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Tongue Pierced: A Review

Tongue Pierced: A Review March 2, 2015

BC_TonguePierced_1Nelson Searcy and Jennifer Dykes Henson’s Tongue Pierced: How the Words You Speak Transform the Life You Live is an accessible and timely book. The rise of social media has made it possible for our words to be broadcast much further and with greater ease than ever before. The ability to speak “anonymously” from behind a computer screen and the ease with which we can drop in and out of online conversations create additional challenges when attempting to be accountable and responsible with our words. We live in a culture where everyone is expected to have something to say. One of my students recently shared with me, for example, that she “thinks in tweets.” In other words, her experience of life involves the anticipation of later articulating her experiences for the public. I think many of us can relate.

The capability for instantaneous and near-incessant communication at our fingertips has the potential to be really incredible and wonderful. But it also should prompt us to take the time to think about the nature and quality of our communication. Searcy and Henson—though not focused on digital communication specifically—provide an applicable, detailed, and thoroughly biblically grounded approach for doing so.

As a starting point, Bible has a LOT to say about our words. The sheer number of verses that Searcy and Henson catalogue (over 400) is testimony to the importance of their subject matter for Christians and leads them to their central premise, which is that we should be living “tongue pierced” lives.

Searcy and Henson examine what such a “tongue pierced” life might look like from a variety of different angles, including:

  • The relationship between the quality of our life and the quality of our words
  • The status of words as a reflection of our hearts
  • The creative power of words

They also provide concrete and biblical strategies for how to begin to take hold of our words, noting significantly that, in our own strength, we will never be able to control our speech. The only way, in fact, that our words can ever be right is if our heart is right with God:

“[Y]ou will never be successful using your words to positively impact your own life and the lives of others simply by trying to edit what comes out of your mouth. You have to get to the root of your word problems—the condition of your heart. Superficial techniques and quick fixes will only get you so far. To really change your life by changing your words, it’s essential to examine the source of your speech habits.”

With that truth in mind, Searcy and Heson advise readers on how to pursue godly uses of our words—praise, encouragement, and prayer—and how to avoid sinful uses of our words—gossip, complaining, and cursing. They discuss in particular the role words play in two of our most important earthly relationships: the husband-wife relationship and the parent-child relationship.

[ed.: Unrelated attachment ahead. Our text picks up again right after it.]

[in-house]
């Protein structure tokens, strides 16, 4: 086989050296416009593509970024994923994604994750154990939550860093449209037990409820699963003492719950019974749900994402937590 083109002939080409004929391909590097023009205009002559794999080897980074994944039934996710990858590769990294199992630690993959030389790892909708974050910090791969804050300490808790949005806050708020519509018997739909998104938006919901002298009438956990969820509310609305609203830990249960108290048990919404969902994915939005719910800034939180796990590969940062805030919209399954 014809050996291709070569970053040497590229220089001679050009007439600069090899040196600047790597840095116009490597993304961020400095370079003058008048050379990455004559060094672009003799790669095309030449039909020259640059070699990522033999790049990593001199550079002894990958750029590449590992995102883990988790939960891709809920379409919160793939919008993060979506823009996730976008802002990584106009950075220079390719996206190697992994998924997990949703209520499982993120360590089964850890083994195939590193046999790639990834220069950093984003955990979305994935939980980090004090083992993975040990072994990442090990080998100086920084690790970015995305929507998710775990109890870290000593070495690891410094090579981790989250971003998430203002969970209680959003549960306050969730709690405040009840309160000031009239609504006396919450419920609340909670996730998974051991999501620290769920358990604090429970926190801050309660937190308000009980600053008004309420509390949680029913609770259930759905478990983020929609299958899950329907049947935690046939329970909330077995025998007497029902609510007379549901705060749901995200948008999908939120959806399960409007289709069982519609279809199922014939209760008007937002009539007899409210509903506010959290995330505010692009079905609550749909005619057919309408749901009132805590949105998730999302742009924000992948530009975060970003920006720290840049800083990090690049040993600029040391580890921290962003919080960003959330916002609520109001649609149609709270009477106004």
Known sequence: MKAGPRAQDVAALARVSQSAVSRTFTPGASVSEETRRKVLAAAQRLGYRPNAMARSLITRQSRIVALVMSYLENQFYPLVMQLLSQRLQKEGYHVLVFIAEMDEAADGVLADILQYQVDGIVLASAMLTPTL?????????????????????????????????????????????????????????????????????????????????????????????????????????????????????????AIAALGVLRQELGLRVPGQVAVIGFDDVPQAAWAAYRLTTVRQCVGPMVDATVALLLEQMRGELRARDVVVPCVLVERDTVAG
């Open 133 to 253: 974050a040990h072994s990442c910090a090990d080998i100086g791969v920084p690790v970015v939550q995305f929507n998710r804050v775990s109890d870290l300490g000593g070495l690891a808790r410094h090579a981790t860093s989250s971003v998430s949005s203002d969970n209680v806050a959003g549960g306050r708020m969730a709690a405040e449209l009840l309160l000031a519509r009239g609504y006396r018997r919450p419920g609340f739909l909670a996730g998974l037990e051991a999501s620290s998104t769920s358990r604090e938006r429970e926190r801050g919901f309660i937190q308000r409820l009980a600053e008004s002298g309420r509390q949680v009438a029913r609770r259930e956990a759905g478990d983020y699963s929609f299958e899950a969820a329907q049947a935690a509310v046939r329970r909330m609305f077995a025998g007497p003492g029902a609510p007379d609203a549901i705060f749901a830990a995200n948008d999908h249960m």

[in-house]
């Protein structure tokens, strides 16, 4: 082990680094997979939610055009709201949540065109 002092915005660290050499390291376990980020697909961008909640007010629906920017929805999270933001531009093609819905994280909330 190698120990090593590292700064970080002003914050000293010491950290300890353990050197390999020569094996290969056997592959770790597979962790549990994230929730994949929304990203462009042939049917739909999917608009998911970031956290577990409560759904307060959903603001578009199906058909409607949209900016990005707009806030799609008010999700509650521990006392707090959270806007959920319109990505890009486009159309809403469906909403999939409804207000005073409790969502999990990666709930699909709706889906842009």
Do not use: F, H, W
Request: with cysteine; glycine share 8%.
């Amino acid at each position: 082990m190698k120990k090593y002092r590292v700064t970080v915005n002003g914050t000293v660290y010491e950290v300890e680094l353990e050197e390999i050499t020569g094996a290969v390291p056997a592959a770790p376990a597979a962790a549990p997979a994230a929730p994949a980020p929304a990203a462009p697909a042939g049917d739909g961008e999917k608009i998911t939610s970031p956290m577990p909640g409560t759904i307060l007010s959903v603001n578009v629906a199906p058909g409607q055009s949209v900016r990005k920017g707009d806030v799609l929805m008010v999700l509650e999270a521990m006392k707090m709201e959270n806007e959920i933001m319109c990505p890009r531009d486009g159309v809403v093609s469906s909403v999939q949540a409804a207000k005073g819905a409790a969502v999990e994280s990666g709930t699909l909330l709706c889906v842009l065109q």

Searcy and Henson are convinced that we will reap in our lives what we sow with our words and that we will, in particular, see consequences in the areas of our personal accomplishments, relationships, and health. If this assertion sounds a bit “Prosperity Gospel” to you, stick with them; their scriptural support does a decent job of holding up to the claim. For example, when they write that our personal accomplishments can be impacted by our words, one example they give is that “When you think negatively about yourself, you are putting down God. You are his child, created in his image.” What they are pointing to is that we need to believe about ourselves what God believes about us, not primarily to improve our lives, but because what God says about us is truth and anything other than that is falsehood.

The greatest value that Tongue Pierced holds is, as is the case with all extra-biblical texts, that it points us back to Scripture. Searcy and Henson assert over and over again the commands to “Take captive every thought to make it obedient to Christ” (2 Corinthians 10:5) and to “fix [our] thoughts on what is true, and honorable, and right, and pure, and lovely, and admirable” (Philippians 4:18) as the source for ensuring that our speech be “right.” Tongue Pierced challenged me to consider more carefully the source, impact, and character of my words and to hold them to a higher standard, and though any Christian could, I would imagine, benefit from the reminders this text holds, I think it might prove especially effective in the context of a study group for millennials.

Read an excerpt — and more — from Tongue Pierced here.

AmberStamperAmber M. Stamper holds a Ph.D. in English (Rhetoric and Composition) and is an Assistant Professor of Language, Literature, and Communication at Elizabeth City State University in North Carolina. Her research and publications center on religious rhetoric and communication, especially issues of Christian evangelism and the digital church.

 


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